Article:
Finally, my day ended with “Speed Pitch”. I had originally planned to pitch my existing book, “Bruecke to Heaven“, but after talking to other authors during the day, I decided to pitch my sequel. I thought, “Hey, at least I’ll get some professional feedback immediately. What could be better?” Suffice it to say that by now, after learning so much, hearing so many stories, thoughts and ideas, my brain was nearly numb. I had a rough draft of my “Elevator Pitch” in my head so the one minute time limit didn’t bother me; at least not until I sat down in the first chair and began to speak. My face must have had a look of complete shock as I sat transfixed facing the editor and trying to formulate words our of my mouth. All I could hear was “Bla bla bla bla”. I apologized and tried to start again but by then the bell had rung. I was laughing by now as was the editor who was supposed to critique what she had just heard. She was a real trooper and we worked together on the what, where, how aspect of my sequel during the allotted three minutes enough that by the time I got to the fourth editor, my brain was actually producing a pitch that could have made sense, if only everything didn’t seem to be blurring together. Granted it was a great exercise, but I should have known by the end of a day’s conference my brain was going to be flat-lining and all hopes of sounding sharp and practiced on a pitch I had never given was at best, a shot in the dark. The silver lining to it all was that I got to meet a lot of great people who genuinely cared about writing and helping each other to become better.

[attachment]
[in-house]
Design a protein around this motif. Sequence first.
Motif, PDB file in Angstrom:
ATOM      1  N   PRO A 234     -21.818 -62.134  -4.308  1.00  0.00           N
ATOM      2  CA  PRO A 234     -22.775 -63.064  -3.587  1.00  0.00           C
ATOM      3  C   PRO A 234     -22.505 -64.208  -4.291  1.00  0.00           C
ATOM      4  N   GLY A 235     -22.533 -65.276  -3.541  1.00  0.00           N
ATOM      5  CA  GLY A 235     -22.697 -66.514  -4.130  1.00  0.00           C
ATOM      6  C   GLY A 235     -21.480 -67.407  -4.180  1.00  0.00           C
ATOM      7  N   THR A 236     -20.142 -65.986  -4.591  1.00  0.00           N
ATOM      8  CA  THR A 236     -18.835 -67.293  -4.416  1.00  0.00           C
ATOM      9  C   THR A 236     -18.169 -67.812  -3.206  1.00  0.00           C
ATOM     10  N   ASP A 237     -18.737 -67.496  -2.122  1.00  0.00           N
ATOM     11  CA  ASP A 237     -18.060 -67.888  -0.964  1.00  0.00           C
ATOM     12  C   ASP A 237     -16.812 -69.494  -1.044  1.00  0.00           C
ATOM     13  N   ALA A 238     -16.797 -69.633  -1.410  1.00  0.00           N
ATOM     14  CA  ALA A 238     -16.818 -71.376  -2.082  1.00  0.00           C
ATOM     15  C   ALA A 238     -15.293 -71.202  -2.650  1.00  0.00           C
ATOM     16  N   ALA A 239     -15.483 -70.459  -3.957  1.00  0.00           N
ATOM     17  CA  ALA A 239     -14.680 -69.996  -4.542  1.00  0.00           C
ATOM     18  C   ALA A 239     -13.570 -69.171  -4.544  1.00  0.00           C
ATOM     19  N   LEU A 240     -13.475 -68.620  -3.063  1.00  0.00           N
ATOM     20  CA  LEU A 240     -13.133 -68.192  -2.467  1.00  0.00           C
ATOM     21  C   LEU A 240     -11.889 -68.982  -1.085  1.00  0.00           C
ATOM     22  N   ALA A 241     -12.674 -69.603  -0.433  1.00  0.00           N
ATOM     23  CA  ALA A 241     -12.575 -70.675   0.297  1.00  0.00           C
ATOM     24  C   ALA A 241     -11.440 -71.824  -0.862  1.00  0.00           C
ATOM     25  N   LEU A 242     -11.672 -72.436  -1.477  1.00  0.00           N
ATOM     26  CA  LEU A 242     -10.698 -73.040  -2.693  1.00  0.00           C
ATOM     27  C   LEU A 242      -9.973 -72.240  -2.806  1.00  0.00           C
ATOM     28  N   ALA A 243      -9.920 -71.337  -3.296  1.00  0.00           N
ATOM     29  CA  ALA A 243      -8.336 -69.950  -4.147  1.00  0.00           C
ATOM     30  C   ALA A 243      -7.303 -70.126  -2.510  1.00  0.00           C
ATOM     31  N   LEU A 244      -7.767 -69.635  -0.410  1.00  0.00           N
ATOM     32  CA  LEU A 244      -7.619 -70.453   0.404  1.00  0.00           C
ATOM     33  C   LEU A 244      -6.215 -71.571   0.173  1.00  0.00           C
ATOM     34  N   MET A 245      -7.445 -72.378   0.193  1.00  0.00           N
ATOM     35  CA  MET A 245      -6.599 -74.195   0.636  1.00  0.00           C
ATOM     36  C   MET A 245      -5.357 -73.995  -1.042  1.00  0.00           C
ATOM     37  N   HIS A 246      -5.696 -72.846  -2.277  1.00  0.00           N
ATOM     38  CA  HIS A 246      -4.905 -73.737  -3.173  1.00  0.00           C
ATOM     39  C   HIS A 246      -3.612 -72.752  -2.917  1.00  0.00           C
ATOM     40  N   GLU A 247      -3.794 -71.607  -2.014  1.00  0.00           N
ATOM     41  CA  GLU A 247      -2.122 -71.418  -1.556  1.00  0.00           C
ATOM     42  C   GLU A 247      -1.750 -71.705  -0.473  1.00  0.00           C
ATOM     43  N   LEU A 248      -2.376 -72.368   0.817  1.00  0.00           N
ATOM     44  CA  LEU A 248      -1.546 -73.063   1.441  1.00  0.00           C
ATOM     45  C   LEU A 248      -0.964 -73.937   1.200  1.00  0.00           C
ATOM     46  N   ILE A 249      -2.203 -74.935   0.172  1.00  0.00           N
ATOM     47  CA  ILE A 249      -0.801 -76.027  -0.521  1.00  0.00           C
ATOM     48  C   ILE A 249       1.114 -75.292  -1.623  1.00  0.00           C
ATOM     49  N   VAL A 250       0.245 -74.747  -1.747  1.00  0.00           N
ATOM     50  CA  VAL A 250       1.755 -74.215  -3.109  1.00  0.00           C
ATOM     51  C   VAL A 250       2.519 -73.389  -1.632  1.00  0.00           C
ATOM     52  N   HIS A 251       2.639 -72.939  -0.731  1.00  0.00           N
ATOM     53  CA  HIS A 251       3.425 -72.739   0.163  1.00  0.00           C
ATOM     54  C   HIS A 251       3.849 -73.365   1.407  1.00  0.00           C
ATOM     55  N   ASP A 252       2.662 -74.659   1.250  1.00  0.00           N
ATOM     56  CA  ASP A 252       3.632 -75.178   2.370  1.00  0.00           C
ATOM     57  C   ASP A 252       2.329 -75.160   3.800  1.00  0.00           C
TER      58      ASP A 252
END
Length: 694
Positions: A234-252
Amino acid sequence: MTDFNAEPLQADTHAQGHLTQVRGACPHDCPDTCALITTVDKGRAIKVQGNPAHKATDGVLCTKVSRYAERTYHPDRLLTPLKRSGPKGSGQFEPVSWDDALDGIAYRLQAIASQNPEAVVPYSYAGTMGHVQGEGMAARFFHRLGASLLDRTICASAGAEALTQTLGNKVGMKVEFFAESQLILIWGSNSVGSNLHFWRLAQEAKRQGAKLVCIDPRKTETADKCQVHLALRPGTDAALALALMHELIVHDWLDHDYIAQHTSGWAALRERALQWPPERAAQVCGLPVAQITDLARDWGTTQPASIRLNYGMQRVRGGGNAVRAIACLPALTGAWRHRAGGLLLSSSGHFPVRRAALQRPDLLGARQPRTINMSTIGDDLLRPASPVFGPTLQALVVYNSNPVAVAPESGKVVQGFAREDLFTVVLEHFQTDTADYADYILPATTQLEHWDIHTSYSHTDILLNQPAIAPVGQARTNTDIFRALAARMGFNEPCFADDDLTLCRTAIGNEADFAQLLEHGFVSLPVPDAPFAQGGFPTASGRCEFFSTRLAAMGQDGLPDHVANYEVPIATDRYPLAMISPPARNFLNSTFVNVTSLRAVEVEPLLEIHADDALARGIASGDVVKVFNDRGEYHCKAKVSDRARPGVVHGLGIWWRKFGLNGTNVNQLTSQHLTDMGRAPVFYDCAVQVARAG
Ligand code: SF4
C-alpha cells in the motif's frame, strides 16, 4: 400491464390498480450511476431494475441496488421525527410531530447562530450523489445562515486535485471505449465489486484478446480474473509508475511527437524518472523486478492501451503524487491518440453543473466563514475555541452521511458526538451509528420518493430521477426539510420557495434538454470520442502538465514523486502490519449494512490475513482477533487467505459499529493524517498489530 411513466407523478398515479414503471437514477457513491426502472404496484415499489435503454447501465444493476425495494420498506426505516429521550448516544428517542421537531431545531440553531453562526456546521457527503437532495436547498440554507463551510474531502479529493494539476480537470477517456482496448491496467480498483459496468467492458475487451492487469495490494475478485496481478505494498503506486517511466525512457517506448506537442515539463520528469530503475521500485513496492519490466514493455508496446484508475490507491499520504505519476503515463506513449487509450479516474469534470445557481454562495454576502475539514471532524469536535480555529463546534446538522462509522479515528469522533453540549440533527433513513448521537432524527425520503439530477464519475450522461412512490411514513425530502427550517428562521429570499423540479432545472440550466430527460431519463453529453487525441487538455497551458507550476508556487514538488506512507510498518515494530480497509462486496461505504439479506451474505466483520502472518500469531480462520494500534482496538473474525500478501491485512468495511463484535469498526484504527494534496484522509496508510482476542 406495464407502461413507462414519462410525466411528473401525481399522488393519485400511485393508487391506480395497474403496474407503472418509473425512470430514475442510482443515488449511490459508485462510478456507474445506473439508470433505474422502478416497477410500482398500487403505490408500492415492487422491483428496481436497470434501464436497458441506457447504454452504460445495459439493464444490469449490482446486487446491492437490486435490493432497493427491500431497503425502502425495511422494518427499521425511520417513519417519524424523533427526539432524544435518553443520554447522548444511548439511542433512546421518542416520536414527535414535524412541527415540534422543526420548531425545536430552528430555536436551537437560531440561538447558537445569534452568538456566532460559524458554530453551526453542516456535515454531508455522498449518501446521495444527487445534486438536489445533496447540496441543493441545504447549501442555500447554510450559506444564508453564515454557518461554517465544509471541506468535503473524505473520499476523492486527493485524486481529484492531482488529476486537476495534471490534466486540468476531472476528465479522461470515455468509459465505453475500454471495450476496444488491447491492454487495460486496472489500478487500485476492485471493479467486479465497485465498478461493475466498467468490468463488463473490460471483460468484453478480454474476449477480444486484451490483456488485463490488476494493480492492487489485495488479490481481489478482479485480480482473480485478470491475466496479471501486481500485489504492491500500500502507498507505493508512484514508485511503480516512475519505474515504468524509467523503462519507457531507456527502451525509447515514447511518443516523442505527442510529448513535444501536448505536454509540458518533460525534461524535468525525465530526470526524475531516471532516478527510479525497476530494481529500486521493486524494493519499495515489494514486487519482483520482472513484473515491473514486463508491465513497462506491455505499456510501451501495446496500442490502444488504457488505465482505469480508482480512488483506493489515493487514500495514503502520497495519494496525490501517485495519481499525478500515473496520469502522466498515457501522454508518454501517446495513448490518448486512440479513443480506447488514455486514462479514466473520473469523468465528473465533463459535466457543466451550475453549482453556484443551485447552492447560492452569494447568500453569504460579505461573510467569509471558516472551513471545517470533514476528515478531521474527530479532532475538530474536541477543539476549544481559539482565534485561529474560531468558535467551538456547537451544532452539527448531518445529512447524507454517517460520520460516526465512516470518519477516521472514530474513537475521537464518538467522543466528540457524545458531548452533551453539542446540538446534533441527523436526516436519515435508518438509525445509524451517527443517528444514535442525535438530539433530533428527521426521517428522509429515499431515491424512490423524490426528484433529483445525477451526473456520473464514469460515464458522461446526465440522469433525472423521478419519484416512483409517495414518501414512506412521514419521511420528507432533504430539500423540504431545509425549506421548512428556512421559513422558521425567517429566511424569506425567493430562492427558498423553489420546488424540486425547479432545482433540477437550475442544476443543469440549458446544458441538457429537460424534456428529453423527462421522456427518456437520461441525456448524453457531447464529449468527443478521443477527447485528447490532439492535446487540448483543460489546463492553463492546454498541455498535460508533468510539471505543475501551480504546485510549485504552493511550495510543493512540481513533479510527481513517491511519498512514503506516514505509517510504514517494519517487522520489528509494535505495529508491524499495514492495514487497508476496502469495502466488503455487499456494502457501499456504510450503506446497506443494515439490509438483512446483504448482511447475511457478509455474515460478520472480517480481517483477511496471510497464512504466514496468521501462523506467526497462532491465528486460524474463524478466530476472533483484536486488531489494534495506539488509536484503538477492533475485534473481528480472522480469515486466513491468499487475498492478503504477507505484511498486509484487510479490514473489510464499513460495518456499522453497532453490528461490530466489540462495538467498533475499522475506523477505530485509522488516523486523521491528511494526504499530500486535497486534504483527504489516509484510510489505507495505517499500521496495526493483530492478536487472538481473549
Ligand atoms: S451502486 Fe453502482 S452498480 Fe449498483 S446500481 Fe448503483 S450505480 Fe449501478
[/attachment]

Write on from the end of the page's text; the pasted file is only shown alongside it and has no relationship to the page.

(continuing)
This may have been my first NCWN Conference, but the good Lord willing and the creek don’t rise, I’ll hopefully plan more in the future.
Thank you to NCWN staff, volunteers and lecturing authors for a splendid day of learning, sharing and fellowship!